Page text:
Freewill is a Printz honor and one of those books that you appreciate what the book is trying to do more than enjoy the execution.
Told in the second person, in a sparse and almost repetitive cadence, the story is about Will, who is disconnected from life and whose only outlet seems to be strange woodwork projects that he doesn't even particularly enjoy. When the wood totems show up in a series of suicides, unwanted attention is drawn to him and he must decide if he should speak up or let himself become part of the nothing he feels he has to live for.
I think Lynch made a lot of smart choices in framing. While many people would find the "you" off-putting, it helps reinforce the reader's own questions. However, Will is still so much a nonentity and passive character that he is neither a proper cypher for the reader to insert their own desires into nor interesting enough to carry the story's odd and morbid tone the way the narrators of Silver Linings Playbook or Perks of Being a Wallflower manage.
The other characters don't work as complex or lively characters either, partially from the remoteness of Will's relationship with them. This leaves most of their discussions feeling like talking points of the plot, anti-suicide PSAs rather than their own motivations.
This novel is not without compelling moments. While the choice to make the prose simple and sparse, Lynch has passages that are vivid. One example that made me take notice was when Will was taking a shower after forgetting clean himself for three days and remarks on the wonderful feeling of scrubbing skin, reminding himself to remember it because it's a nice small pleasure that is easily forgotten.
Unfortunately, the sparseness and the vagueness work against the story more than help it. The mystery of the totems and the suicides are left unresolved or even commented it on, as the story winds off into a palatable non-ending where Will finally makes a choice not to be so passive. I do like an open-endedness to my stories, but there's not enough to structure to make the suggestion of possibilities. On the bright side, the story is a brisk novella more than anything else and there are some passages that create a thoughtful starting point for the weighty topic.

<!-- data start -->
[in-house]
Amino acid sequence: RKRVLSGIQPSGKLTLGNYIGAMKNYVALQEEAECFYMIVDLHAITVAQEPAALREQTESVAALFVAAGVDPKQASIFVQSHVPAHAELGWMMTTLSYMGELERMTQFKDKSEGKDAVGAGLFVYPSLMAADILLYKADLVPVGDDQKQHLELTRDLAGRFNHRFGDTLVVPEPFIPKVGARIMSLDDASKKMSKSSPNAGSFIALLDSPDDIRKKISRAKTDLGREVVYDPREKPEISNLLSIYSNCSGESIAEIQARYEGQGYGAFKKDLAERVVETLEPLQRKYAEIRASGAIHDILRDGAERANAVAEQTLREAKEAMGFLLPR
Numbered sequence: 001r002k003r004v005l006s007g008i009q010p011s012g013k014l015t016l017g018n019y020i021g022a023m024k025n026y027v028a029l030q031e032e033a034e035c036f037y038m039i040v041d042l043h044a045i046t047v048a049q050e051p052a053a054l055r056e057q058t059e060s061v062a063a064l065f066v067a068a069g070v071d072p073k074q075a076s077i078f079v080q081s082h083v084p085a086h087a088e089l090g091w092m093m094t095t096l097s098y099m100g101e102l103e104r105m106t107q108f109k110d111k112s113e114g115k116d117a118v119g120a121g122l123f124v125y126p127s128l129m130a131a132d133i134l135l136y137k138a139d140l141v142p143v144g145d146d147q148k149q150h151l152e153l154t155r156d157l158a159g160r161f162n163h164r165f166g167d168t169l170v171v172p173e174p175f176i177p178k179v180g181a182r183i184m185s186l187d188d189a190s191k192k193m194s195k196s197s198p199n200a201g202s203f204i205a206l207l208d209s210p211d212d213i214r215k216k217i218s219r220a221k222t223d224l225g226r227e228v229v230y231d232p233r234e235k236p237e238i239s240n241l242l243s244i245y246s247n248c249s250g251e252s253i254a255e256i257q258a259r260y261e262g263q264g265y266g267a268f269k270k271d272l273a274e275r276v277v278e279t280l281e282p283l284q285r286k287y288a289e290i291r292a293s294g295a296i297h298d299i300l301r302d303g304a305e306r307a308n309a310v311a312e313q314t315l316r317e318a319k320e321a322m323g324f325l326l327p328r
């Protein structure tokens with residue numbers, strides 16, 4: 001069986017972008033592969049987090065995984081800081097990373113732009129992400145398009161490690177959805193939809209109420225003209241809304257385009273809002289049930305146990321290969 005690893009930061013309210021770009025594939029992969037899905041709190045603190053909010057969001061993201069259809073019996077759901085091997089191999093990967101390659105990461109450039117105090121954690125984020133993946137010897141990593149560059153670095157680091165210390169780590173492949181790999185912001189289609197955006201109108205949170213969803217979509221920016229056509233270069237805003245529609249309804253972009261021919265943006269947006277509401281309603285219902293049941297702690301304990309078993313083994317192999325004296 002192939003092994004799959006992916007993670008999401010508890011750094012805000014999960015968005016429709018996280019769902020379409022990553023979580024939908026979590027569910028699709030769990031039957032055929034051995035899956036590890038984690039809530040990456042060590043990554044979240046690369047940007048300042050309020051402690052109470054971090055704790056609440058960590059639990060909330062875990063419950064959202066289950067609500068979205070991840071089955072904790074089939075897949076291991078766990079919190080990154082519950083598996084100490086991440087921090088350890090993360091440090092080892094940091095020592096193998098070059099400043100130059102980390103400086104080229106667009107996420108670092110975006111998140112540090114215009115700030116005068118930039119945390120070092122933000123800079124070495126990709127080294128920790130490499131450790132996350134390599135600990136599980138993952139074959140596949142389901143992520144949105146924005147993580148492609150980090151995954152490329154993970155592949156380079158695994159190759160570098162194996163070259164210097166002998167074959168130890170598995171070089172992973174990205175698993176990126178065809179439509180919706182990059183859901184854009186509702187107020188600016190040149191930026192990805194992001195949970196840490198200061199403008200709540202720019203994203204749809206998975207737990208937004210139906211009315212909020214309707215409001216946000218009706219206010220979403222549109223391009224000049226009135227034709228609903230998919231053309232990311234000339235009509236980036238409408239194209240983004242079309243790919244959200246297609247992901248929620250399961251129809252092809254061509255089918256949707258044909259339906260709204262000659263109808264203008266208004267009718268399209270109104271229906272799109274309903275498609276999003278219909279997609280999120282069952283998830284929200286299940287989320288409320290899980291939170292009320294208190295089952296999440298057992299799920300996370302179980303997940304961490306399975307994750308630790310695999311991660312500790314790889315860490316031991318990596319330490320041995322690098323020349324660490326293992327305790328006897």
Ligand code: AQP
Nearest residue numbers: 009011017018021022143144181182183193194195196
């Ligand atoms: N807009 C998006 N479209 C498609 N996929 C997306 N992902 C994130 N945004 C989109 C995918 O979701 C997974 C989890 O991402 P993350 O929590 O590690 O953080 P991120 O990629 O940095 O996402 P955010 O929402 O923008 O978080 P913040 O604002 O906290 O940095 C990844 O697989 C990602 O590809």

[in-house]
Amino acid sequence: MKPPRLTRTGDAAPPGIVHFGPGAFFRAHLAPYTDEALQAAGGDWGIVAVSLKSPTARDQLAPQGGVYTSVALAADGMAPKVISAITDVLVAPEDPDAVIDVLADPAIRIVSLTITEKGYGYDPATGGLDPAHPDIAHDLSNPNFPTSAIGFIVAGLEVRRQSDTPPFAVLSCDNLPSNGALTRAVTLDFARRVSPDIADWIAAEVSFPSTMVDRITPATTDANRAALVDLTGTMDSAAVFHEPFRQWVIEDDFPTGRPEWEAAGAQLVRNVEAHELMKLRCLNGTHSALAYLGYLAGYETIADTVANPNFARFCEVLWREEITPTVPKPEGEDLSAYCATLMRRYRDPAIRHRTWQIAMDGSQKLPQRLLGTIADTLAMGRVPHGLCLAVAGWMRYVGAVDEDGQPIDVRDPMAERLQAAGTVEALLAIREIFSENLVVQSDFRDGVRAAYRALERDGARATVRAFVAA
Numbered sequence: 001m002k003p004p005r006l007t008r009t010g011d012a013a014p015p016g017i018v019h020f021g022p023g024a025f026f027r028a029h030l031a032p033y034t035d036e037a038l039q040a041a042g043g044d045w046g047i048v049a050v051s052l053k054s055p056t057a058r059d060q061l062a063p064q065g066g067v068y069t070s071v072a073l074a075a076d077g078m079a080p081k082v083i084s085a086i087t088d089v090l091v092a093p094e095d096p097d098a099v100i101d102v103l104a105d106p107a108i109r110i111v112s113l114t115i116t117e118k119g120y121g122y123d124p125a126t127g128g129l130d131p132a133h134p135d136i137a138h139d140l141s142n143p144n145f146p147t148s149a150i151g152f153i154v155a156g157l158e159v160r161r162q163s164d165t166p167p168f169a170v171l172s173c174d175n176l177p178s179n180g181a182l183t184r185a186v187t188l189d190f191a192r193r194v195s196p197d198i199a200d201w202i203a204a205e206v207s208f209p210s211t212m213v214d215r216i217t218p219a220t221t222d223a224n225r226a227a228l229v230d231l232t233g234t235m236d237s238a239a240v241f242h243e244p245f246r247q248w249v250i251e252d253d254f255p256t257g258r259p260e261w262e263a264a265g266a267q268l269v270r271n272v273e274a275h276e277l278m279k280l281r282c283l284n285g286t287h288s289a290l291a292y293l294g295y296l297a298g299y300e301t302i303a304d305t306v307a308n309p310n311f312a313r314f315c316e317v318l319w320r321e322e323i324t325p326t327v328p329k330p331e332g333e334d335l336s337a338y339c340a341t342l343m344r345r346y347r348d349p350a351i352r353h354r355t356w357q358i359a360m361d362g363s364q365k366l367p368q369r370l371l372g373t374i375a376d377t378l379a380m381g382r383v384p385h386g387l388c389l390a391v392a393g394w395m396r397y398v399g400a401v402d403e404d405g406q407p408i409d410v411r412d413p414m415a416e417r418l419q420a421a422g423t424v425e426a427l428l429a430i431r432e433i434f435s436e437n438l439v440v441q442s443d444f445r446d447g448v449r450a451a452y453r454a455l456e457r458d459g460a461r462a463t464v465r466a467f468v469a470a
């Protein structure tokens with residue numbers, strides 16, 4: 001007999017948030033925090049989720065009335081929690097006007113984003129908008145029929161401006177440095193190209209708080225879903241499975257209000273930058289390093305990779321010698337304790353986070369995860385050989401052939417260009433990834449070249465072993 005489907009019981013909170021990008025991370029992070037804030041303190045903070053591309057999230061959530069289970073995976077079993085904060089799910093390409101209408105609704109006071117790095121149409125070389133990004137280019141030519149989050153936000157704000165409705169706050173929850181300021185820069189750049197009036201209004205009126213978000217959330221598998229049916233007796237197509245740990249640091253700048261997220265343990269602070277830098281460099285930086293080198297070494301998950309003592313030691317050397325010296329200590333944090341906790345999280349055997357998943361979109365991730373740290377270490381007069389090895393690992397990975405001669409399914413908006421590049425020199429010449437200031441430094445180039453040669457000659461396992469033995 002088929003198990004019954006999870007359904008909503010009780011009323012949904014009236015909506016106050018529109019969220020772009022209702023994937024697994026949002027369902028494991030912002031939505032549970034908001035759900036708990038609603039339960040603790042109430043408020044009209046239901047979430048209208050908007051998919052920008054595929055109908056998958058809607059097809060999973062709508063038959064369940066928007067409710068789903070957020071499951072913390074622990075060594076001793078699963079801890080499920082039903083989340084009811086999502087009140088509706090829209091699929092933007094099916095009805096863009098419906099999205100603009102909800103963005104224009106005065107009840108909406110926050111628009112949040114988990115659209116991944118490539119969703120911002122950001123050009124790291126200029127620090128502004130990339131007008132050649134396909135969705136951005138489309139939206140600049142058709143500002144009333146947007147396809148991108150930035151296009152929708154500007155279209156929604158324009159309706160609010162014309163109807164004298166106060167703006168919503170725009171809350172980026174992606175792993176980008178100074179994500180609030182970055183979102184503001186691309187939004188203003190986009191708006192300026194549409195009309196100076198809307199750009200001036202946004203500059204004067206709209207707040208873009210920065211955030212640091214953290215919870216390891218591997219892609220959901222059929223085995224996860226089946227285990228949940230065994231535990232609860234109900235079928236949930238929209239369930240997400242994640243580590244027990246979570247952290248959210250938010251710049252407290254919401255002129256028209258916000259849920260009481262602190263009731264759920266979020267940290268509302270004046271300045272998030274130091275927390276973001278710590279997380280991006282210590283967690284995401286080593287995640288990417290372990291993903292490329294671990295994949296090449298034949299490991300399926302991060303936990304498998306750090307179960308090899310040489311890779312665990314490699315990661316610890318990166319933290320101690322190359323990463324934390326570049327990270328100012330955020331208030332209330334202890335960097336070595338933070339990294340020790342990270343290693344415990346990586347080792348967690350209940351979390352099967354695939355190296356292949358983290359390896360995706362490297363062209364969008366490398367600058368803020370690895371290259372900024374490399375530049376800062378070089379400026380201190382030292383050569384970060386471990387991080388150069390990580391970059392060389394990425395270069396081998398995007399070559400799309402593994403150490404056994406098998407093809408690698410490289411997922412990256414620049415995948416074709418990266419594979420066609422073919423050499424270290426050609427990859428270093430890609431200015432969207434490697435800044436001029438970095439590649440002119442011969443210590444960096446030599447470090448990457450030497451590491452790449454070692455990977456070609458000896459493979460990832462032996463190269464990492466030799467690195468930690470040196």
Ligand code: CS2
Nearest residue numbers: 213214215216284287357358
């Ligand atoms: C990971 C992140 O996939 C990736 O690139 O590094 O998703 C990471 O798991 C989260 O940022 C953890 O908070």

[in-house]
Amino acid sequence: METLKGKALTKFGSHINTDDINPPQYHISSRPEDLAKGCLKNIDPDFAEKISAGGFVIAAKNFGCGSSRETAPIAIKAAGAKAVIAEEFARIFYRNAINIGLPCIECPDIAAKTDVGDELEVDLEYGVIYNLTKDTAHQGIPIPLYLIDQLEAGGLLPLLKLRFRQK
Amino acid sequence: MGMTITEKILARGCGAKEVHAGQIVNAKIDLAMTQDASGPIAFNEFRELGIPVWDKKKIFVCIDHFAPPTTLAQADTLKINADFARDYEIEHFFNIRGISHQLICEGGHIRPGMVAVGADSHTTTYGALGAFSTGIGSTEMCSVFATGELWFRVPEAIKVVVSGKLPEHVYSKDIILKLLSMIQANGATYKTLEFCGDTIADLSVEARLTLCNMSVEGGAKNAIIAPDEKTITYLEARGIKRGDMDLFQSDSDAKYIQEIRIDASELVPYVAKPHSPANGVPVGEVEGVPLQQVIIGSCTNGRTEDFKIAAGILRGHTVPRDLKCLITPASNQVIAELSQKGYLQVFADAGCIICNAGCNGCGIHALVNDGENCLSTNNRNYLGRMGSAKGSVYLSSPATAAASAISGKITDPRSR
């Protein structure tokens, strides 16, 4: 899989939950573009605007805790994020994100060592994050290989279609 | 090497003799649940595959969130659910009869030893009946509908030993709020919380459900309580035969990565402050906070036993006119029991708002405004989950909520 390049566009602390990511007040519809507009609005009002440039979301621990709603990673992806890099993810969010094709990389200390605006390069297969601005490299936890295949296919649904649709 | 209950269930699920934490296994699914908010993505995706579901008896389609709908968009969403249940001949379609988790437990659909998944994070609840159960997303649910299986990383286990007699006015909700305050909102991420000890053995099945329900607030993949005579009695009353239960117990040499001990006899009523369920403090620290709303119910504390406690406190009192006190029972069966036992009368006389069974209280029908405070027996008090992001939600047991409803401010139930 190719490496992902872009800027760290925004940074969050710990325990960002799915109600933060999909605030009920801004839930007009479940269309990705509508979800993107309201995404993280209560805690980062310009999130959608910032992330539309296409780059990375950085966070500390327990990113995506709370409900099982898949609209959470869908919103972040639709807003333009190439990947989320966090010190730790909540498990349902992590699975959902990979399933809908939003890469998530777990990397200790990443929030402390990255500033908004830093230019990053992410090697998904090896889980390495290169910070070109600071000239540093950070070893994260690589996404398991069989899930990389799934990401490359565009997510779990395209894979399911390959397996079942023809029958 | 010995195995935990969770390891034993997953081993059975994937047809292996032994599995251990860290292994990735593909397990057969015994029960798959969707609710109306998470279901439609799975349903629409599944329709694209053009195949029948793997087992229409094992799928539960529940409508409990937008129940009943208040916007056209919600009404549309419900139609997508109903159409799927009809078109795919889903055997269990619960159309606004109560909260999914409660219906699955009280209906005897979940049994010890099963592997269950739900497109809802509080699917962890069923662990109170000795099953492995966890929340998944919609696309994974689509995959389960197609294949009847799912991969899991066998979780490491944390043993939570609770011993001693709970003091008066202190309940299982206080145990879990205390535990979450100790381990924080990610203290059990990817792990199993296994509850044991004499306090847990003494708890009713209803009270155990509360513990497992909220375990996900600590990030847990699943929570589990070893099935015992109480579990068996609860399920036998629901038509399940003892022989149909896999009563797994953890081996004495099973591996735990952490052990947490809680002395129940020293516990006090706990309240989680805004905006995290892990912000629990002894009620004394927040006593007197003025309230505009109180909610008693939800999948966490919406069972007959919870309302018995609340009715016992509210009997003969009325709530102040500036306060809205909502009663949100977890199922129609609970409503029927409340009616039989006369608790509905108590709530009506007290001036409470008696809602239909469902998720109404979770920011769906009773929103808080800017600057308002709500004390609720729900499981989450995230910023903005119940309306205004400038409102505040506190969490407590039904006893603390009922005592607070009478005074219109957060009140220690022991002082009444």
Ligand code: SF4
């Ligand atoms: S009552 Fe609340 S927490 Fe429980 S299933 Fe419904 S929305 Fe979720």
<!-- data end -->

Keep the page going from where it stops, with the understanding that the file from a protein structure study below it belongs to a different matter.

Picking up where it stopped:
And perhaps that is all that Freewill wanted to do, was to present the reader with a choice to do so......more
When a girl who has been bullied for years decides to bring the three tormenters to their government class for a trial, the case exposes the frailtiesWhen a girl who has been bullied for years decides to bring the three tormenters to their government class for a trial, the case exposes the frailties of justice when the class is made to participate.
The good: with short chapters and easy to understand language, this is a good book for reluctant readers who find the premise intriguing. It's a fast read, more middle grade fare with YA subject matter. The set up premise makes sense as well. Victimized Ivy never really makes herself sympathetic and is mostly passive, which helps in setting up the reasonableness of how this longstanding abuse has gone on and why so many classmates turn a blind eye to it. The chapters alternate between different POVs, showing how the personal desires and motivations can interfere with truthful findings.
The bad: for those who wanted a more nuanced or complex story hinted from the premise, you will find the set up promising but most of the characters behind them as one-note: the space case, the painfully shy one, the self-preservationist, the upstanding serious one. The plot hinges on a lot of failures of the kids, who are either ineffective or sycophantic (and the only one who takes it seriously sounds too much like an adult to be realistic, not to mention being conveniently removed from pulling a Twelve Angry Men with the jury pool). The continued sham of a trial compiles these problems, bringing with it a suspension of disbelief that never holds enough sympathy or character development to bring about a satisfactory resolution, guilty or innocent....more
A proto-dramatist work that's parts Catch 22 and parts The Things They Carried, Irwin Shaw's Bury the Dead is a one act play that explains what happenA proto-dramatist work that's parts Catch 22 and parts The Things They Carried, Irwin Shaw's Bury the Dead is a one act play that explains what happens when six soldiers refused to be buried, on the grounds that the rational for their deaths is insufficient for their permanent internment so they will stay unburied until they finish their purpose.
A minimalist setup is good for creating some brief, stark images. The idea is a brilliant foundation of potential to question philosophy, mortality and everything in between. While Shaw often gets a little too heavy handed and didactic, especially with the generals' interludes, there are moments in the play that speak strongly to the incomprehensible nature of death and dying for causes not personally held by those who suffered for it. At the very least, playwrights might want to keep this as historical context of an anti-war play that speaks to the times between the world wars....more